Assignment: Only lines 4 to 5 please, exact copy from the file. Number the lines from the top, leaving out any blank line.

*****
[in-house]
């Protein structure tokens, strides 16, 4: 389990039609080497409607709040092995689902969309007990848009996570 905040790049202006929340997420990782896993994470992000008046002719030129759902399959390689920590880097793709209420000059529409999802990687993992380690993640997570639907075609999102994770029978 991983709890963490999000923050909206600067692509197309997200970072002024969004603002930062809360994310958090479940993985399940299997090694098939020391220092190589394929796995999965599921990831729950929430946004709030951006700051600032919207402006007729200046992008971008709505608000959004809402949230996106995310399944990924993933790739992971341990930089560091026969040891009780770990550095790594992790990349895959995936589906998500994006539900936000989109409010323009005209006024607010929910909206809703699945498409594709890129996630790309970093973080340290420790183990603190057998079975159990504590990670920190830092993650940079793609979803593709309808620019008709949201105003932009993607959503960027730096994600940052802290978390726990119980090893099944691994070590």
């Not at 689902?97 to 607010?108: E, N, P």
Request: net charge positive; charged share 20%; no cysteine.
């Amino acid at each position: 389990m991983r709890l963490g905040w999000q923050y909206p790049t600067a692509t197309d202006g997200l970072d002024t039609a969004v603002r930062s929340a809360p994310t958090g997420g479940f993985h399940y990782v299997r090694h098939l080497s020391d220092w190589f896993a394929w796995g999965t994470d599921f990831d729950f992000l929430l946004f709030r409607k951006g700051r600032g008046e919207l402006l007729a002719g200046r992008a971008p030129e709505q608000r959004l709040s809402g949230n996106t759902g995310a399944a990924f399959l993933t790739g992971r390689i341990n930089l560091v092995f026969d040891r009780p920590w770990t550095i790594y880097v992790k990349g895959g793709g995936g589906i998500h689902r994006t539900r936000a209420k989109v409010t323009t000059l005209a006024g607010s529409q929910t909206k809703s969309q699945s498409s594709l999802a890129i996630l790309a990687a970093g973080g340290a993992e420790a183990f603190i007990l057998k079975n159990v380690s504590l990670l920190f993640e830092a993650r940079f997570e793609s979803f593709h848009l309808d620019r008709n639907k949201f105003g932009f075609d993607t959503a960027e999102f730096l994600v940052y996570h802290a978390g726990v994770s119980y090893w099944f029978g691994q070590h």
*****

Request: net charge positive; charged share 20%; no cysteine.
């Amino acid at each position: 389990m991983r709890l963490g905040w999000q923050y909206p790049t600067a692509t197309d202006g997200l970072d002024t039609a969004v603002r930062s929340a809360p994310t958090g997420g479940f993985h399940y990782v299997r090694h098939l080497s020391d220092w190589f896993a394929w796995g999965t994470d599921f990831d729950f992000l929430l946004f709030r409607k951006g700051r600032g008046e919207l402006l007729a002719g200046r992008a971008p030129e709505q608000r959004l709040s809402g949230n996106t759902g995310a399944a990924f399959l993933t790739g992971r390689i341990n930089l560091v092995f026969d040891r009780p920590w770990t550095i790594y880097v992790k990349g895959g793709g995936g589906i998500h689902r994006t539900r936000a209420k989109v409010t323009t000059l005209a006024g607010s529409q929910t909206k809703s969309q699945s498409s594709l999802a890129i996630l790309a990687a970093g973080g340290a993992e420790a183990f603190i007990l057998k079975n159990v380690s504590l990670l920190f993640e830092a993650r940079f997570e793609s979803f593709h848009l309808d620019r008709n639907k949201f105003g932009f075609d993607t959503a960027e999102f730096l994600v940052y996570h802290a978390g726990v994770s119980y090893w099944f029978g691994q070590h």